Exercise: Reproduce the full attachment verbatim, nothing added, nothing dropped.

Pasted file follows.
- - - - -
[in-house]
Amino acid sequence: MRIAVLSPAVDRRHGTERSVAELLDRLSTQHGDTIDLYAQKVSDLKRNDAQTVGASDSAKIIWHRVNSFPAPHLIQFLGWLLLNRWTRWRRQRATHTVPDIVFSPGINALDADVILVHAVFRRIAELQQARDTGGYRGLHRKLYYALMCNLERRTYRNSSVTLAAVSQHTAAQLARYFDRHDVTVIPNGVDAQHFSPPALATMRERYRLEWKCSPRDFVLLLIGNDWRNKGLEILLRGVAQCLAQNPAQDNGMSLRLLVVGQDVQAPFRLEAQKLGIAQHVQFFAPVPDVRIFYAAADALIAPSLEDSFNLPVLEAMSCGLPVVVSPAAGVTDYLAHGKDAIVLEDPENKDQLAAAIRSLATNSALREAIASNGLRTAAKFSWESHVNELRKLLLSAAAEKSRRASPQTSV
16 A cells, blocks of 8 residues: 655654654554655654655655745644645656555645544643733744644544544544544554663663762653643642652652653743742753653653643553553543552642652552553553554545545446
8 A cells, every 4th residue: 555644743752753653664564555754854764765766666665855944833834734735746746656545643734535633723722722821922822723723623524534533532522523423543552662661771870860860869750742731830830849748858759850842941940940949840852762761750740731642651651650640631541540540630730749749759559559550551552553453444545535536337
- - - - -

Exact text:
[in-house]
Amino acid sequence: MRIAVLSPAVDRRHGTERSVAELLDRLSTQHGDTIDLYAQKVSDLKRNDAQTVGASDSAKIIWHRVNSFPAPHLIQFLGWLLLNRWTRWRRQRATHTVPDIVFSPGINALDADVILVHAVFRRIAELQQARDTGGYRGLHRKLYYALMCNLERRTYRNSSVTLAAVSQHTAAQLARYFDRHDVTVIPNGVDAQHFSPPALATMRERYRLEWKCSPRDFVLLLIGNDWRNKGLEILLRGVAQCLAQNPAQDNGMSLRLLVVGQDVQAPFRLEAQKLGIAQHVQFFAPVPDVRIFYAAADALIAPSLEDSFNLPVLEAMSCGLPVVVSPAAGVTDYLAHGKDAIVLEDPENKDQLAAAIRSLATNSALREAIASNGLRTAAKFSWESHVNELRKLLLSAAAEKSRRASPQTSV
16 A cells, blocks of 8 residues: 655654654554655654655655745644645656555645544643733744644544544544544554663663762653643642652652653743742753653653643553553543552642652552553553554545545446
8 A cells, every 4th residue: 555644743752753653664564555754854764765766666665855944833834734735746746656545643734535633723722722821922822723723623524534533532522523423543552662661771870860860869750742731830830849748858759850842941940940949840852762761750740731642651651650640631541540540630730749749759559559550551552553453444545535536337